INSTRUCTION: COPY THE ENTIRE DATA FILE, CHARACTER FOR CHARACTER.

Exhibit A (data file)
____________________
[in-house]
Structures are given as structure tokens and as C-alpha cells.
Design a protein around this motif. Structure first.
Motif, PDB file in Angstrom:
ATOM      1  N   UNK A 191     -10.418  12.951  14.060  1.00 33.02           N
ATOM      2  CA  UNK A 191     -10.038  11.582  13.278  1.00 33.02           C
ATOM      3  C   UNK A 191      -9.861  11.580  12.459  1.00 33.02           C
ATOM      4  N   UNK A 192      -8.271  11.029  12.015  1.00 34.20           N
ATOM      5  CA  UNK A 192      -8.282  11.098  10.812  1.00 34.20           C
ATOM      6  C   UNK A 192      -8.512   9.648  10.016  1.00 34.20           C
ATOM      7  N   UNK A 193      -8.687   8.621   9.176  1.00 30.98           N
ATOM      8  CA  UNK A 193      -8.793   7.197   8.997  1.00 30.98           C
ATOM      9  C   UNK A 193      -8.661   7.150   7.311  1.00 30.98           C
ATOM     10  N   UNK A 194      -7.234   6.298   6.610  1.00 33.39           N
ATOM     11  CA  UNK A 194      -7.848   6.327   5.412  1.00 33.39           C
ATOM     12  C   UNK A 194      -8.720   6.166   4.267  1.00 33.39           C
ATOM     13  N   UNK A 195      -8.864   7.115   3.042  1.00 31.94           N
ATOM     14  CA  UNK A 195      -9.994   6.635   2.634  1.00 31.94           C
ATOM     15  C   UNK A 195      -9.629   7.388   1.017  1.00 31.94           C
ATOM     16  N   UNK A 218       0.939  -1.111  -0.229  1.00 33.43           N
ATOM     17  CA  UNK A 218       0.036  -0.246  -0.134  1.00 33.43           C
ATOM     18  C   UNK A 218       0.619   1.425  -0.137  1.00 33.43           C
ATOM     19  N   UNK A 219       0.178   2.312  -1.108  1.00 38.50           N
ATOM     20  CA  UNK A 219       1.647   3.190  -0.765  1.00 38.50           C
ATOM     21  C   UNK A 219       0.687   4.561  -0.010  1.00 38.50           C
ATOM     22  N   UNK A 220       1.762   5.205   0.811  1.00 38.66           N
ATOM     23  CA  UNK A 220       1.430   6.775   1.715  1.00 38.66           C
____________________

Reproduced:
[in-house]
Structures are given as structure tokens and as C-alpha cells.
Design a protein around this motif. Structure first.
Motif, PDB file in Angstrom:
ATOM      1  N   UNK A 191     -10.418  12.951  14.060  1.00 33.02           N
ATOM      2  CA  UNK A 191     -10.038  11.582  13.278  1.00 33.02           C
ATOM      3  C   UNK A 191      -9.861  11.580  12.459  1.00 33.02           C
ATOM      4  N   UNK A 192      -8.271  11.029  12.015  1.00 34.20           N
ATOM      5  CA  UNK A 192      -8.282  11.098  10.812  1.00 34.20           C
ATOM      6  C   UNK A 192      -8.512   9.648  10.016  1.00 34.20           C
ATOM      7  N   UNK A 193      -8.687   8.621   9.176  1.00 30.98           N
ATOM      8  CA  UNK A 193      -8.793   7.197   8.997  1.00 30.98           C
ATOM      9  C   UNK A 193      -8.661   7.150   7.311  1.00 30.98           C
ATOM     10  N   UNK A 194      -7.234   6.298   6.610  1.00 33.39           N
ATOM     11  CA  UNK A 194      -7.848   6.327   5.412  1.00 33.39           C
ATOM     12  C   UNK A 194      -8.720   6.166   4.267  1.00 33.39           C
ATOM     13  N   UNK A 195      -8.864   7.115   3.042  1.00 31.94           N
ATOM     14  CA  UNK A 195      -9.994   6.635   2.634  1.00 31.94           C
ATOM     15  C   UNK A 195      -9.629   7.388   1.017  1.00 31.94           C
ATOM     16  N   UNK A 218       0.939  -1.111  -0.229  1.00 33.43           N
ATOM     17  CA  UNK A 218       0.036  -0.246  -0.134  1.00 33.43           C
ATOM     18  C   UNK A 218       0.619   1.425  -0.137  1.00 33.43           C
ATOM     19  N   UNK A 219       0.178   2.312  -1.108  1.00 38.50           N
ATOM     20  CA  UNK A 219       1.647   3.190  -0.765  1.00 38.50           C
ATOM     21  C   UNK A 219       0.687   4.561  -0.010  1.00 38.50           C
ATOM     22  N   UNK A 220       1.762   5.205   0.811  1.00 38.66           N
ATOM     23  CA  UNK A 220       1.430   6.775   1.715  1.00 38.66           C